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Don Davis, Forum News Service, Published February 26 2010

Court cuts hit small counties hardest

ST. PAUL – More state budget cuts will mean longer waits for cases to go through Minnesota’s court system and small counties will be hardest hit, judicial leaders say.

For years, courts in the least-populated counties have received more state funding per capita than larger counties. But on Thursday, State Court Administrator Sue Dosal told the Senate Judiciary Budget Division that is ending.

She said the courts can no longer afford to give extra money to small counties.

That could mean some counties’ court offices would be open only when a judge is there. In many parts of the state, there often is no judge in a county.

The change, made because the number of court employees is shrinking, will be phased in over three years, Dosal said.

“Fewer people means less services,” she said. “Delays and backlogs already are building across the state.”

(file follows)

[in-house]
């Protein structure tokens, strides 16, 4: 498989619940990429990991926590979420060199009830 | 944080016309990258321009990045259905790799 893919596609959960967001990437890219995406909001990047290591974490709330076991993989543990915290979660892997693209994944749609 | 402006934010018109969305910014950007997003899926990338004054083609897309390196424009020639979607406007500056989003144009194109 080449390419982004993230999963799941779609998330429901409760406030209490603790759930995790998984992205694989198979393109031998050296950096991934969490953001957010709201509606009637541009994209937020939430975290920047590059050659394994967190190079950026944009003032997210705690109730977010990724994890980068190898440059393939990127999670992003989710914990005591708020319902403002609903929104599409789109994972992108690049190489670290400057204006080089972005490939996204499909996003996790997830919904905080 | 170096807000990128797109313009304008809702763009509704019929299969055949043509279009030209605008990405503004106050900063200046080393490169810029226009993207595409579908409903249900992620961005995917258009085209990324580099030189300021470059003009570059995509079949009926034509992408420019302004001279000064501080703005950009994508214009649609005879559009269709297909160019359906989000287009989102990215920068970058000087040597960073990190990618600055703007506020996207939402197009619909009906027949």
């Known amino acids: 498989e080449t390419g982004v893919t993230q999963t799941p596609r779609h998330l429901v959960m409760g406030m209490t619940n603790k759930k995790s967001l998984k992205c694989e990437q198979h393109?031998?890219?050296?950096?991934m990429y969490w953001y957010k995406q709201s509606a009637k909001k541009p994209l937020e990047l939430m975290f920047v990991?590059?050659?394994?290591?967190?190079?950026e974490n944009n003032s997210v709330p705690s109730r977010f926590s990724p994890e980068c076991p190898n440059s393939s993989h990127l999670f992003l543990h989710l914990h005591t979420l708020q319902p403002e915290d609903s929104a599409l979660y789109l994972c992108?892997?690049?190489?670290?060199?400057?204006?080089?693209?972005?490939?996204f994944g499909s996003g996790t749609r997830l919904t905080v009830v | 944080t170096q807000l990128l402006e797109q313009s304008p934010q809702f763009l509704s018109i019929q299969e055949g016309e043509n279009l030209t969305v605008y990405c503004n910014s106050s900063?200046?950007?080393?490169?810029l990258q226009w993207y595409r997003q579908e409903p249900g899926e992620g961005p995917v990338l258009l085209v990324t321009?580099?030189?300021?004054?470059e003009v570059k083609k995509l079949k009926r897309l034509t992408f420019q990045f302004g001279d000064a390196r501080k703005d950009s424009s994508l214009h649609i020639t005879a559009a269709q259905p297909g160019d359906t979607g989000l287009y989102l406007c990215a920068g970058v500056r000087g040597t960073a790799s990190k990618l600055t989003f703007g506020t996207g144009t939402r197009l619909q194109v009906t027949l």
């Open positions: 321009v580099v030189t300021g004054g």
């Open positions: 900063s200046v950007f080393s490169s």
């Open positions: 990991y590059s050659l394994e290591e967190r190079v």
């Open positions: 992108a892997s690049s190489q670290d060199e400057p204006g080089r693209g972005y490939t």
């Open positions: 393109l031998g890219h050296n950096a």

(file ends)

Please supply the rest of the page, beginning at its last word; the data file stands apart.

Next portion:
Gov. Tim Pawlenty recommends that the courts be cut $13.7 million as he tries to plug a $1.2 billion state budget deficit.

Legislative leaders expect to begin looking at what to cut in many budget areas as early as next week, but committee Chairman Leo Foley, DFL-Coon Rapids, said he does not want to move backward to a time when case backlogs were bigger than in recent years.

Dosal said a cut the size Pawlenty wants would result in eliminating 77 positions, on top of 250 that have been cut recently. She said that would leave the court staff 13 percent smaller than needed.

It means Minnesotans with cases in courts throughout Minnesota will experience much longer waits. For instance, Judge David Knutson of Dakota County said that in some areas judges are now scheduling simple divorces for September.

Rural judges already use television connections to remotely hold some hearings so judges do not have to travel.

Sen. Don Betzold, DFL-Fridley, asked if the Appeals Court needs to continue traveling around the state to hear cases.

Chief Judge Edward Toussaint said state law requires an appeals case to be heard in the area where it was in District Court so people involved can attend.

Toussaint said that before the Legislature increased the number of Appeals Court judges from 16 to 19 in 2007, the court had 741 cases on its waiting list. That number dwindled to 198 this month, but it is on its way back to the 2007 level, he warned.


Davis reports for Forum Communications Co.